Flyers

For Kevin Hayes, signing contract with Flyers wasn't all about the money

For Kevin Hayes, signing contract with Flyers wasn't all about the money

Money absolutely talks.

And the Flyers threw a lot of it at Kevin Hayes.

After knowing the organization's interest, touring its facilities and hearing seven years, $50 million, it would have been difficult for Hayes to turn down the Flyers.

But before seeing the dollar signs, Hayes said the Flyers were on his radar.

"As an athlete, July 1 and unrestricted free agency is definitely an intriguing idea," Hayes said Wednesday on a conference call after signing with the Flyers (see story). "When I sat down with my agent, we thought about what type of team I would want to go to and where I would fit into the organization and the team; the Flyers were at the top of the list before I even … once the season ended, they were on a short list of mine that I was intrigued by."

Once the Flyers acquired his rights on June 3, the decision started coming together.

To be able to get traded there from the Jets and get a head start in conversations, I got to know the organization and I got to know some of the players a little bit. It was kind of a no-brainer. Ultimately, my agent and I wanted to go to a great city, a team that can win and a team that can go for the Stanley Cup. The Flyers are one of those teams, we think.

It obviously showed that they wanted me. I think it was a good fit for both sides. What I bring to the table and what they had to offer, it was an easy decision ultimately.

The Flyers made a lot of sense for Hayes. 

The 6-foot-5, 216-pound center will play a prominent role and slides nicely into a blend of youth and veterans.

"For me and for our group, he checks a lot of boxes we were looking for," Flyers general manager Chuck Fletcher said. "We like his size, we like his skill, we like his 200-foot game. We like his age, he's just entering the prime of his career and he plays a premium position at center. We think he really rounds out our forward group and will give our coaching staff a lot of options going forward."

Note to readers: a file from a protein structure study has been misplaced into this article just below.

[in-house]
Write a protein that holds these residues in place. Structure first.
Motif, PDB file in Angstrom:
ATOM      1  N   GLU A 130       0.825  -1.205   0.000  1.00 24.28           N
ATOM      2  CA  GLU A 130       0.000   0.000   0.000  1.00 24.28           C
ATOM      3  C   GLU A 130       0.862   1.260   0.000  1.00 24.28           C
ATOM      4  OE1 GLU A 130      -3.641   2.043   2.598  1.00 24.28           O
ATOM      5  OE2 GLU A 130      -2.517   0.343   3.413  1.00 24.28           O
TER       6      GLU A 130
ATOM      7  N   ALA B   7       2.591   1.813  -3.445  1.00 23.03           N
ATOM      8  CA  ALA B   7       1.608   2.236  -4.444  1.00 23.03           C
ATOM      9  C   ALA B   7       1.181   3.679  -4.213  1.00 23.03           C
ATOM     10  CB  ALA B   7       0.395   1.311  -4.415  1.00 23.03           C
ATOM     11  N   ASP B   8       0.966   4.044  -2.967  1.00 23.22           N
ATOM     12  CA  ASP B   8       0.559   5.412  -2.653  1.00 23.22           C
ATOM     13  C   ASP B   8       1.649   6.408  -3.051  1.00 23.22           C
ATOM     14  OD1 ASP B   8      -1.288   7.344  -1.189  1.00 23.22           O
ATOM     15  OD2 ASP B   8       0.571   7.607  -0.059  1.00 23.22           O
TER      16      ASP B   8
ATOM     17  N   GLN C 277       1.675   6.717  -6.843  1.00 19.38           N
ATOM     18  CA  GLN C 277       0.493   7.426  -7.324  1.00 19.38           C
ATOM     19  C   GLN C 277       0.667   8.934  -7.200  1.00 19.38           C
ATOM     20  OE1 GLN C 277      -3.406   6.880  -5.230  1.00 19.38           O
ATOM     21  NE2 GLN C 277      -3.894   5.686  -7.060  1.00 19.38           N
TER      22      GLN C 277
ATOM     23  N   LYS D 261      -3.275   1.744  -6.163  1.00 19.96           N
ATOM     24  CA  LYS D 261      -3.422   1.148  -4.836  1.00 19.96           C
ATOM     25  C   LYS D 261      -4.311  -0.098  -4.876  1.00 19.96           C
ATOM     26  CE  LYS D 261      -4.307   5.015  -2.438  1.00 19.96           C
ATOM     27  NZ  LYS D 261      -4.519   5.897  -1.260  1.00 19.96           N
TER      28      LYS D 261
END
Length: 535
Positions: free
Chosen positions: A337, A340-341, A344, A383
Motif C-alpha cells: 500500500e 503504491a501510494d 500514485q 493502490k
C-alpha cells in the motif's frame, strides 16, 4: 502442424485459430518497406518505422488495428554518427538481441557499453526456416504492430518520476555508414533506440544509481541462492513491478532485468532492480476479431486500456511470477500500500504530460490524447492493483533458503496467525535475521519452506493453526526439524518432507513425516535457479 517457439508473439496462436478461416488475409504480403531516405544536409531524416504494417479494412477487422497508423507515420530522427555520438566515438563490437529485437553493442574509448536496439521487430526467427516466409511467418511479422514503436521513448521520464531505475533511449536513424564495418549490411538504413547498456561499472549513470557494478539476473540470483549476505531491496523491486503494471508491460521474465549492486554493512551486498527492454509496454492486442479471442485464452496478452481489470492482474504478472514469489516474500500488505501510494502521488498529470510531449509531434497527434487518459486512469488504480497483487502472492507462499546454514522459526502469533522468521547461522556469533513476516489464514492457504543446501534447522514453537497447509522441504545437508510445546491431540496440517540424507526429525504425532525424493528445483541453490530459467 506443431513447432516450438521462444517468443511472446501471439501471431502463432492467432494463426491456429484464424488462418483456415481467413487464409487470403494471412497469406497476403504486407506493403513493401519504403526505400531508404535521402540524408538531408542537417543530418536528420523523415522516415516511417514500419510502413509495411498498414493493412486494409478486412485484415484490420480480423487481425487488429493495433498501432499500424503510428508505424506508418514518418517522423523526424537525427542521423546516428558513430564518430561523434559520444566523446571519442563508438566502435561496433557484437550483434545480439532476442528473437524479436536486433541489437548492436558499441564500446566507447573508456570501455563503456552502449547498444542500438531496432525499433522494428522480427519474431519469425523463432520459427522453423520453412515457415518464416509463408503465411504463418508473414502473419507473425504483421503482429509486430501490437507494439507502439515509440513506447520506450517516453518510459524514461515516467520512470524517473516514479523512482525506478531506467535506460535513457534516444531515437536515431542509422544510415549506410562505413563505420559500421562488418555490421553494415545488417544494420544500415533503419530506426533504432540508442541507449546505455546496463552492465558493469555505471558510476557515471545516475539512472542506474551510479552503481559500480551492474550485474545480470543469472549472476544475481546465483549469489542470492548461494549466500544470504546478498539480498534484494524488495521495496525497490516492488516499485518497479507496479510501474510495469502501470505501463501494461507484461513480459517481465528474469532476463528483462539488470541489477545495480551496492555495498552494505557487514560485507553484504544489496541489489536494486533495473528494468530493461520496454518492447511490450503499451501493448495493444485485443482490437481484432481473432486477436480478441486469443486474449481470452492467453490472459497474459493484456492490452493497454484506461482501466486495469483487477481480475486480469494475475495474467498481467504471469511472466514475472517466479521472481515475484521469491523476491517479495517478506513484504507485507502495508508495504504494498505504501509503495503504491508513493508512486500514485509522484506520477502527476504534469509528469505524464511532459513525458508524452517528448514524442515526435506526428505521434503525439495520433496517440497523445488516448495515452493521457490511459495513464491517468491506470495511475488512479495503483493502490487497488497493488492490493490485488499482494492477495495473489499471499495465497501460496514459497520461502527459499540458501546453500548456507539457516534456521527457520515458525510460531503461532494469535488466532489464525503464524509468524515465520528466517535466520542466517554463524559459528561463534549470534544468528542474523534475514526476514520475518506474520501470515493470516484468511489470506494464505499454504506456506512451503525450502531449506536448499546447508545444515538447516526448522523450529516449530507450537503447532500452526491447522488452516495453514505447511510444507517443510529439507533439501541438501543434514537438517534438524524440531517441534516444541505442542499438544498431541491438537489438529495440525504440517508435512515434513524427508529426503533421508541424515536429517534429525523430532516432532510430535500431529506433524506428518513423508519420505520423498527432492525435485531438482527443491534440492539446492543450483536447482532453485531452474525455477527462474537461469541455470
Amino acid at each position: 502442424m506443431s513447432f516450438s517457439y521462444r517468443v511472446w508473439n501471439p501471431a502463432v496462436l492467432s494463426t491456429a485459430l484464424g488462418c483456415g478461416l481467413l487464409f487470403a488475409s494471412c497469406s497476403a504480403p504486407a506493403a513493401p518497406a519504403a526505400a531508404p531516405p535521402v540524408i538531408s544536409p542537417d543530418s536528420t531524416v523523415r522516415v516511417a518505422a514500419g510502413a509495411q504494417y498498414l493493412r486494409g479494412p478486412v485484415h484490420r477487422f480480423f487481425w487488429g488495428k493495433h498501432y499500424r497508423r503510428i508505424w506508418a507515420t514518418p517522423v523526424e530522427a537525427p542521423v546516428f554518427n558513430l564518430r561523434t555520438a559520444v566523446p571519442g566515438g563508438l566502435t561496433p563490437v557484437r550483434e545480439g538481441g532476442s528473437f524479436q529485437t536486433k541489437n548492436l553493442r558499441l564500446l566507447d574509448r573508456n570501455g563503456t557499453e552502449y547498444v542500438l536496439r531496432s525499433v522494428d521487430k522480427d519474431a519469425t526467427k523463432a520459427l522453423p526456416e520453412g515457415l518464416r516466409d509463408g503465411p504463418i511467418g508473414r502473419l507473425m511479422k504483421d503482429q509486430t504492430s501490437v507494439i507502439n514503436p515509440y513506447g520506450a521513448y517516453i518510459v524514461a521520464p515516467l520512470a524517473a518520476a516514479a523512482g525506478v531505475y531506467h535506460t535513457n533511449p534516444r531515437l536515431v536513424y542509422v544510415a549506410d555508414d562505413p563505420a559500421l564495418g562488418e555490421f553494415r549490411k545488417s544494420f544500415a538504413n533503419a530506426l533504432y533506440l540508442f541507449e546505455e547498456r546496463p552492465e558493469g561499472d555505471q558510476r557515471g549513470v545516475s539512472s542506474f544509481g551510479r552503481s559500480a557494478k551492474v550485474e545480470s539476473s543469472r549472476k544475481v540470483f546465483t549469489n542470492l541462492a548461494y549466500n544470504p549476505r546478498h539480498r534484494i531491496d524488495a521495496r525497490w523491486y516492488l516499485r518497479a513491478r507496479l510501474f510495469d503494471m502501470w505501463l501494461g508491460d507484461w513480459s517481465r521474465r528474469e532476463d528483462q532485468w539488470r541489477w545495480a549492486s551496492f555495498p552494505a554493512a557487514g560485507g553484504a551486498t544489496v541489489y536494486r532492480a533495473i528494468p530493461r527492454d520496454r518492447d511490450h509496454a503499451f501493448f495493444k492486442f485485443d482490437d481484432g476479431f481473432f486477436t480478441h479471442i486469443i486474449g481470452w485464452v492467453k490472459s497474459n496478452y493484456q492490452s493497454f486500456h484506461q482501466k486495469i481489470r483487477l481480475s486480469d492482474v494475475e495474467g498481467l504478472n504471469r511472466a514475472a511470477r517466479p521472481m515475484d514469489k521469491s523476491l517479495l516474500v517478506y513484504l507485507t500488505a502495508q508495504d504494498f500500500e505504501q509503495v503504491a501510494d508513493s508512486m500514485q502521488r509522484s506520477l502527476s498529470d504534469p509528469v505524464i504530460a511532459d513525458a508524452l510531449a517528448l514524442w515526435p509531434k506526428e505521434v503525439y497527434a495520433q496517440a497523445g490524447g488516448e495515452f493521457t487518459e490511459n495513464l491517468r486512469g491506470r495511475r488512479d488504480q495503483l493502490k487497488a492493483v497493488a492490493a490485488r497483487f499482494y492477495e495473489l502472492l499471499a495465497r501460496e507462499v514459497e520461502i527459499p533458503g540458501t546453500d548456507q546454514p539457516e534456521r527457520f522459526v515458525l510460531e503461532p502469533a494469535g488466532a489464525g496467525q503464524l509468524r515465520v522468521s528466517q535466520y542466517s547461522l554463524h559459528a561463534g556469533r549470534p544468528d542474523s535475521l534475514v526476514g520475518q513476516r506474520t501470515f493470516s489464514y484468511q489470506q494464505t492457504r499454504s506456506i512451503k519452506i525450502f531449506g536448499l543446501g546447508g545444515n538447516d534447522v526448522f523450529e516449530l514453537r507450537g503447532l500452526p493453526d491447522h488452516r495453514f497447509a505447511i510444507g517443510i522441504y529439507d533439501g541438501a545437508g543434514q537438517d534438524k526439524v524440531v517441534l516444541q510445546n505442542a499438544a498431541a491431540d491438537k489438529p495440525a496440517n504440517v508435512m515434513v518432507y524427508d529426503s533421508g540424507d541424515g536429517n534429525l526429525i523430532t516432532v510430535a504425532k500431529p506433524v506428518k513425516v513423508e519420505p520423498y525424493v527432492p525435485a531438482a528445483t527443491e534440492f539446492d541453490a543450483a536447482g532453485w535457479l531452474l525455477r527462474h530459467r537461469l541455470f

Hayes talked about the "great relationship on and off the ice" that he had with Alain Vigneault in New York and how the familiarity with the Flyers' head coach will only help.

"He demands hard work," Hayes said. "If you play the correct way, he kind of lets you play freely offensively. That was a huge factor in the decision."

Hayes is from Dorchester, Massachusetts, and knows the Metropolitan Division. Being on the Northeast was appealing for family and market reasons.

"I have three sisters and a brother, both my parents live in Boston," Hayes said. "It's nice that they are just a train ride away. My dad will be at a lot of these games for sure.

"It's such a prestigious organization. I know pretty well playing against them the last five years. And to be able to join them and join that group and the coaching staff, I think Chuck and [Flyers president Paul Holmgren] are putting together a team that can do some damage and ultimately win the Stanley Cup."

Money absolutely talks, but the Flyers checked a lot of Hayes' boxes, too.

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Podcast: Jim Jackson, Marc Zumoff, Tom McCarthy talk careers in sports, and more

Podcast: Jim Jackson, Marc Zumoff, Tom McCarthy talk careers in sports, and more

On a brand new, cross-sports podcast, Philadelphia's play-by-play broadcasters Jim Jackson, Marc Zumoff, and Tom McCarthy sat down this week to reminisce about their careers, chat about the future, and plenty more.

Here's a segment-by-segment rundown of the show:

0:40 - Personal appearance during the stay-at-home orders.

4:47 - Listening to their own broadcasts.

9:10 - Managing long seasons.

12:35 - Selling radio.

14:48 - Mount Rushmore of broadcasters.

29:01 - First job in the business.

35:24 - How they became the play-by-by broadcaster for the Flyers, Phillies, and Sixers.

43:38 - Optimism in the face of COVID-19.

You can listen to the full episode, in all its glory, below.

Subscribe and rate Phillies Talk: Apple Podcasts | Google Play | Spotify | Stitcher | Art19 | YouTube

Subscribe and rate Sixers Talk: Apple Podcasts | Google Play | Spotify | Stitcher | Art19 | YouTube